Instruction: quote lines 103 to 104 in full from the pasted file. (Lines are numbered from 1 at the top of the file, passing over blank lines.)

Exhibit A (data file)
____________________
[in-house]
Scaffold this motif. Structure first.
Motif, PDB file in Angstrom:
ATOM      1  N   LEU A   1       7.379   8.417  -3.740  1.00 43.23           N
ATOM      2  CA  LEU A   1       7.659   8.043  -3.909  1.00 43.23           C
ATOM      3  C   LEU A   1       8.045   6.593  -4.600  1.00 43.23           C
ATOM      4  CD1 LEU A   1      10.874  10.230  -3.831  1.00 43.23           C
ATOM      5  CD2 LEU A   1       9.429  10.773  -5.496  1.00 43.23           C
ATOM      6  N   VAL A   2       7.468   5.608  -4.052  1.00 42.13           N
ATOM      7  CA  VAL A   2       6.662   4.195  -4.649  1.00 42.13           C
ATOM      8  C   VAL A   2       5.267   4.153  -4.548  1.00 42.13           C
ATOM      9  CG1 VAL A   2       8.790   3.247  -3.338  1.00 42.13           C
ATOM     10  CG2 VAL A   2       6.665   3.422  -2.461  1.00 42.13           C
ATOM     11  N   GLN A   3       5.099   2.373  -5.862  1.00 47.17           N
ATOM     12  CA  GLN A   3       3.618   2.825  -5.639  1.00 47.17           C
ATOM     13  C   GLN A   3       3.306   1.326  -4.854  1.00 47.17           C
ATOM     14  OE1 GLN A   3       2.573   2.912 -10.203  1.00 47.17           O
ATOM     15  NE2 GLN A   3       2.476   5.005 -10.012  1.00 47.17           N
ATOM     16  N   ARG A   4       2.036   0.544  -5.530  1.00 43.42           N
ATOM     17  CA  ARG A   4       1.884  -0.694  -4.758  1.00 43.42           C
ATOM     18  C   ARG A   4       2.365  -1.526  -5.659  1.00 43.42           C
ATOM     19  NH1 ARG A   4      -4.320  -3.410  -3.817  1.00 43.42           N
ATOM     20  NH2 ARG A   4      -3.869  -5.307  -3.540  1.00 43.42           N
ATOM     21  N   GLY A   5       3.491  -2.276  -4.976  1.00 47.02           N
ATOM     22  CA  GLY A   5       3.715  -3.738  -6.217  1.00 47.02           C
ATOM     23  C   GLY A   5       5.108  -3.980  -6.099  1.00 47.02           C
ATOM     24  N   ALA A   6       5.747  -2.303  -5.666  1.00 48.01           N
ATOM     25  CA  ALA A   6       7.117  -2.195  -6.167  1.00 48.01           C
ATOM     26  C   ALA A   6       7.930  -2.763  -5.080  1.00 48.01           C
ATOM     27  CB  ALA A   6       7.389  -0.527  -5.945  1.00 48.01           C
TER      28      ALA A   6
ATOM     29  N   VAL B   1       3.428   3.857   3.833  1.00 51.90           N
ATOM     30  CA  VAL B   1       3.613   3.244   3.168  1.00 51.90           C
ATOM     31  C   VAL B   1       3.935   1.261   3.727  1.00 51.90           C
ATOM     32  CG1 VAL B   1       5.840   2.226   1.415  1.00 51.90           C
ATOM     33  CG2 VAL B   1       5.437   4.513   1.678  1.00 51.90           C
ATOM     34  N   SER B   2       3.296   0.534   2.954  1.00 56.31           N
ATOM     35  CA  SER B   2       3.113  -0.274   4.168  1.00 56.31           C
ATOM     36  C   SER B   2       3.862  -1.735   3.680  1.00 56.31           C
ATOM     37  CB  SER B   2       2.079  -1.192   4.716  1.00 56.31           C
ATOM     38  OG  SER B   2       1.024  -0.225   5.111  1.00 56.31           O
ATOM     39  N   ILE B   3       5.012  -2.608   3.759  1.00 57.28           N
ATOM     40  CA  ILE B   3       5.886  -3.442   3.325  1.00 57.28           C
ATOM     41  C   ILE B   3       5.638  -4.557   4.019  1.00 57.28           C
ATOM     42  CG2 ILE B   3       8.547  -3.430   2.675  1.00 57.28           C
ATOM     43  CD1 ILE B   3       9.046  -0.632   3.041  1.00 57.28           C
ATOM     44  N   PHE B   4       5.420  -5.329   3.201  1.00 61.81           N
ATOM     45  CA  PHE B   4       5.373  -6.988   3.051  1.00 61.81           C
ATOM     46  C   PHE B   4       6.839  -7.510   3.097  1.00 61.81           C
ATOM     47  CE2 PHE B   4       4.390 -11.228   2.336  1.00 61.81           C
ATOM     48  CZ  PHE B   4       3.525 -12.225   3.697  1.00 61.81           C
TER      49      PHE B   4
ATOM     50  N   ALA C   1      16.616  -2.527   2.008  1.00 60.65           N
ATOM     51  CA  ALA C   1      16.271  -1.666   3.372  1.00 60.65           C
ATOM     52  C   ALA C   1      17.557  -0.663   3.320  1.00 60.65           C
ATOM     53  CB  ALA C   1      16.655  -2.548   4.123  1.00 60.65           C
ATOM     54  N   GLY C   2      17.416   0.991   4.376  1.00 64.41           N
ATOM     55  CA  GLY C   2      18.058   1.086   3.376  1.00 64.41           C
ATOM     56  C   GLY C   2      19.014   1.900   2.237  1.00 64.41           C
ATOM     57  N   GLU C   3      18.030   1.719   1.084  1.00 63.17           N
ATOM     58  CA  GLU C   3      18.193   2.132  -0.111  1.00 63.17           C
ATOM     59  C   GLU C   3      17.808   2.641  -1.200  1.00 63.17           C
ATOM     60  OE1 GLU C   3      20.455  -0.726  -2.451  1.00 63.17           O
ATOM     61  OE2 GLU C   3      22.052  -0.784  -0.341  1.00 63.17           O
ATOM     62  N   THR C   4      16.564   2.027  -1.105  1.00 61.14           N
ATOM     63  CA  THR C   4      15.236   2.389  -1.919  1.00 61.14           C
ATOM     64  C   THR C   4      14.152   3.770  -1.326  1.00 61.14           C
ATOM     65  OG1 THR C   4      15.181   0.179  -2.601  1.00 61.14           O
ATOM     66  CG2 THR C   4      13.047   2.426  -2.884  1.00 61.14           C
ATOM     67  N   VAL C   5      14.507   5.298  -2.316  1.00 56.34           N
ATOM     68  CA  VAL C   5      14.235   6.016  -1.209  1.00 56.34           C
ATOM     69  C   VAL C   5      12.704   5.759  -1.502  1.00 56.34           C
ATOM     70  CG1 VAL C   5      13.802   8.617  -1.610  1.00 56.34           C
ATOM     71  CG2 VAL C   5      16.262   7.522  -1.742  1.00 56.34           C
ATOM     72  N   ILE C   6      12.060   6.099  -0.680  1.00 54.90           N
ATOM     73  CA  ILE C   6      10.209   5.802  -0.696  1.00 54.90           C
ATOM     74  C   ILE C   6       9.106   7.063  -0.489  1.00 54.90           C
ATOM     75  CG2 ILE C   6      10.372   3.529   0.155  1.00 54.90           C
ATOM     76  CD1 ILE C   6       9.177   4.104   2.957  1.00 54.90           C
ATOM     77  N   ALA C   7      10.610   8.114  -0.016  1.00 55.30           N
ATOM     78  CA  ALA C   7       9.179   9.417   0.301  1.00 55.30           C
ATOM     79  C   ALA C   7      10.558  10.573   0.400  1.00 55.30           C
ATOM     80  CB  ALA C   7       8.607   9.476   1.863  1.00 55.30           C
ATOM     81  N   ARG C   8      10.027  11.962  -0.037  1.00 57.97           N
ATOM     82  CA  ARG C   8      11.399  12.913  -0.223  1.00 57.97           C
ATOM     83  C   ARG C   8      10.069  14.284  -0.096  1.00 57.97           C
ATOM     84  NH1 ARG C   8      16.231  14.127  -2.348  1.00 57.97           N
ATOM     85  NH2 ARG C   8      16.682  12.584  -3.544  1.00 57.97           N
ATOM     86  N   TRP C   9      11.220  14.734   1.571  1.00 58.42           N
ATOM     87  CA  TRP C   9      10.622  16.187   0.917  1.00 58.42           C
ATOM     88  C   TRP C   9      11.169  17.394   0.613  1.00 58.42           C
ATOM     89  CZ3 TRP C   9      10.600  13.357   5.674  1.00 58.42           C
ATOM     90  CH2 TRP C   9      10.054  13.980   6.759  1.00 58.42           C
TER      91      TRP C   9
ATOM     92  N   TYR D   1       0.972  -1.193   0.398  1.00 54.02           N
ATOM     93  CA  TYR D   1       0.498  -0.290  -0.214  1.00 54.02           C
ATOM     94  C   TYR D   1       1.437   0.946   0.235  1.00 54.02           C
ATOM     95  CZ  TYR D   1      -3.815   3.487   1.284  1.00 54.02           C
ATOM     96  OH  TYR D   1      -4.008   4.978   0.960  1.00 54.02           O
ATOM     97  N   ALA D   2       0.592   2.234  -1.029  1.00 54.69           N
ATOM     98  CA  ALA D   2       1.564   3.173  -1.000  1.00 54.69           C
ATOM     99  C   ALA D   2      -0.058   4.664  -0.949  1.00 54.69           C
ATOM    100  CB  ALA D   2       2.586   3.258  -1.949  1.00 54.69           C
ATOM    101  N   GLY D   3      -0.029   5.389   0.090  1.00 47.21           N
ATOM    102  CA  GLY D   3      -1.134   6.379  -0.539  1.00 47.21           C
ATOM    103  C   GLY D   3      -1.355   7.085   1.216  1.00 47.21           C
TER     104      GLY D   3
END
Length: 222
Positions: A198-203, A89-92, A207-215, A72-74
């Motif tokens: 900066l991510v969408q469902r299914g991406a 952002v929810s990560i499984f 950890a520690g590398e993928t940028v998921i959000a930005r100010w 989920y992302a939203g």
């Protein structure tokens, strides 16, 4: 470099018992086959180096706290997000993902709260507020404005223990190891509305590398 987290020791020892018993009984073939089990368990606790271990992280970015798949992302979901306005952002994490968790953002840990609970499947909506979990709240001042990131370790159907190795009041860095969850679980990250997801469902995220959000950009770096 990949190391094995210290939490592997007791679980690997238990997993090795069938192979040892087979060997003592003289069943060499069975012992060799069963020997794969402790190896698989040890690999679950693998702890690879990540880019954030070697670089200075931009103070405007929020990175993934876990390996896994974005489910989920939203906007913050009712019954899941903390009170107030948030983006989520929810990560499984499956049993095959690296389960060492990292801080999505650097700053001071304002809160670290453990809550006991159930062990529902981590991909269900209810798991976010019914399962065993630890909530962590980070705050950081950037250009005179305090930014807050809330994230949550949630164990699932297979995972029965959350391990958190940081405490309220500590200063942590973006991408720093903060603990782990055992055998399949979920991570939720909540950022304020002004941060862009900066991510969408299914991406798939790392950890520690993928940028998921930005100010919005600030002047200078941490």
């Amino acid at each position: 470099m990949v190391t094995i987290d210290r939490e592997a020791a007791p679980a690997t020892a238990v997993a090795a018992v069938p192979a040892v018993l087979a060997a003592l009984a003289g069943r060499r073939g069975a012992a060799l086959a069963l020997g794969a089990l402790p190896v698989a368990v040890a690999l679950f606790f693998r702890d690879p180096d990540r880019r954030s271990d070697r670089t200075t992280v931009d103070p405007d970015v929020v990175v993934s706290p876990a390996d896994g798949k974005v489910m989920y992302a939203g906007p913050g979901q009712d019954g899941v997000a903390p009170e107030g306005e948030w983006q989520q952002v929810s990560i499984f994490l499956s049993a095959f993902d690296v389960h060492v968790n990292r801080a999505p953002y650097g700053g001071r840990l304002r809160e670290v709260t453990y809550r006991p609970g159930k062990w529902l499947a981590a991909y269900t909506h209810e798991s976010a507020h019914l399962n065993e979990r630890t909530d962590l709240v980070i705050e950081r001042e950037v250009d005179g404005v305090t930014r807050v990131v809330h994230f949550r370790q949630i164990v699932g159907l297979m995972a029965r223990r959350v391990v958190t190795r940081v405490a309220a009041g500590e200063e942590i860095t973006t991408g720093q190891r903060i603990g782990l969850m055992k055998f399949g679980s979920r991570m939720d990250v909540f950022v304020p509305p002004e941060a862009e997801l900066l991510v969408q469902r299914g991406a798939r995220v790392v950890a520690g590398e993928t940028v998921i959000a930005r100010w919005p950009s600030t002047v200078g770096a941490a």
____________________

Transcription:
ATOM    100  CB  ALA D   2       2.586   3.258  -1.949  1.00 54.69           C
ATOM    101  N   GLY D   3      -0.029   5.389   0.090  1.00 47.21           N